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When Movement Is A Struggle

When Movement Is A Struggle
Bell
  • On May 20, 2015

Disclaimer: I’m not a mental or physical health professional. Everything in this post is opinion and not medical advice. Talk to your doctor before starting any fitness regime.

One of the most bullshit things about mental health is the way that it corresponds to physical health. Every time I hit a rough patch I hear the same thing from my husband, my doctors, my friends: “You need to start exercising.” “Have you taken a walk today?” “Do you want to get on the treadmill?”

My response to that is generally “Fuck you. YOU exercise. I’m going to lay here and hate you.” Then they roll their eyes at me and go do whatever it is that people without mental illness do when they’re not nagging me.

I hate them in those moments because I know they’re right. Mental health and physical health are inextricably linked. When your body is working better, so is your brain.

It’s the worst. When I’m mentally unwell the last thing in the world I want to do is to move my body in any way that doesn’t involve a bed, the internet, or chocolate. (Granted, there are some types of strenuous physical activity that can make excellent use of all three, but when I’m depressed I’m even less interested in that than I am treadmills.) (Sex. I’m talking about sex.)

When I’m sick, I want to get better as fast as possible. If I want to get better, I have to move my body. Moving my body is hard because I’m sick. Going to the gym is impossible when just getting in the shower is something you have to ramp yourself up for.

I tormented myself over exercise for a long time. Every day I didn’t work out felt like a day I’d failed myself and everyone around me by not working hard enough to be well. Every time I did work out, all I could think was “If I’d been working out regularly, this would be easier. I’d look better. I wouldn’t be so tired. I’d be able to lift more weight, to run farther, I’d be better.”

I felt like a failure when I did exercise and I felt like a failure when I didn’t. It became easier to ignore the whole subject than to deal with the shame.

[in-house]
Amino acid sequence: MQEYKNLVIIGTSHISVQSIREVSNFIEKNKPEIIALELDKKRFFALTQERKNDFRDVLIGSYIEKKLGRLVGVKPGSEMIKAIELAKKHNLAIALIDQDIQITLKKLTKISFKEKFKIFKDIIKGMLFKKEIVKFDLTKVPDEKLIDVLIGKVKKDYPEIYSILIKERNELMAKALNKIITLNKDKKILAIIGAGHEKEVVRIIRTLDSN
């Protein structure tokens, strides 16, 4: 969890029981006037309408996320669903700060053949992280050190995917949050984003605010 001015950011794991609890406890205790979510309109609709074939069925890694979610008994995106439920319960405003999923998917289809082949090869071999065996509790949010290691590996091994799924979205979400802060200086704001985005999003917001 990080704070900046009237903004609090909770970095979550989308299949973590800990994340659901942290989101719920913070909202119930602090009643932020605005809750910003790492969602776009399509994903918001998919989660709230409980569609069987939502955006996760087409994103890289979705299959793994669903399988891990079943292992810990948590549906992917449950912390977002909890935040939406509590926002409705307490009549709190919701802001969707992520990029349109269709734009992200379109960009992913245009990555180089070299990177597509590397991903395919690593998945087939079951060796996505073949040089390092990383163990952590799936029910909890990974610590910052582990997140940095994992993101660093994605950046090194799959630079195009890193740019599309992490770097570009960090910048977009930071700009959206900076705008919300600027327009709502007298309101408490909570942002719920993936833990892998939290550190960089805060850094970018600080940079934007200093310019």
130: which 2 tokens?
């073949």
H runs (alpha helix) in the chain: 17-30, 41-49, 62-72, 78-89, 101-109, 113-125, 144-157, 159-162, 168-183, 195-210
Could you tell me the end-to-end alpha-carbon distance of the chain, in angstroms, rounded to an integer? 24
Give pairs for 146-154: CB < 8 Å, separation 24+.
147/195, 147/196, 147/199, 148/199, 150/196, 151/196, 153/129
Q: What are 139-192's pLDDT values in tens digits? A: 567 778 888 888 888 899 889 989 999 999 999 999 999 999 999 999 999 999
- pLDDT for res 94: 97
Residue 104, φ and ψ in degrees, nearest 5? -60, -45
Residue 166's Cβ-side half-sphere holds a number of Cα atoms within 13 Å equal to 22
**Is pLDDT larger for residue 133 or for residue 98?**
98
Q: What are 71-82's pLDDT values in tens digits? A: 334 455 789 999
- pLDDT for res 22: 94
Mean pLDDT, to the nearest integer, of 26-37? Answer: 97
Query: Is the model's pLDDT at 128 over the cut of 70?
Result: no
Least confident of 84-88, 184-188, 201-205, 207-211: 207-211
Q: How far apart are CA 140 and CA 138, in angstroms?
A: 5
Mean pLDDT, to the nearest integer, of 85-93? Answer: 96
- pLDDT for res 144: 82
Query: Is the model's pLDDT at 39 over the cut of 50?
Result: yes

But I’m still mentally ill, I still want to be better, and exercise is still a huge component of mental stability. Even if I want to pretend it isn’t. Even on days when I putting on pants seems as difficult as having a rational discussion with a member of Westboro Baptist.

I had to learn to be gentle with myself and that meant learning to be okay with the things I’m not doing. I needed to develop small ways to nurture my physical well-being that didn’t overwhelm me, even on bad days. This is something I’m still working on, but there have been a few things that have helped, and because I’m a generous motherfucker I’m going to share them with you.

1: Sleep (aka “the thing I’m the worst at”)

“What? This is supposed to be about exercise, not about sleeping!” You might be saying. Well, guess what? You have to get enough sleep if you want any of your shit to work correctly. Even if you don’t struggle with mental illness, sleep deprivation will fuck your shit up. If you are mentally ill a lack of sleepwill make it exponentially worse.

You. Need. To. Sleep.

Go to bed early. Set a bedtime alarm, start a bedtime routine. Turn off your phone. If you don’t get enough sleep at night, take a nap during the day.

But sleep. You need it.

2) Drink enough water (but don’t poison yourself with it.)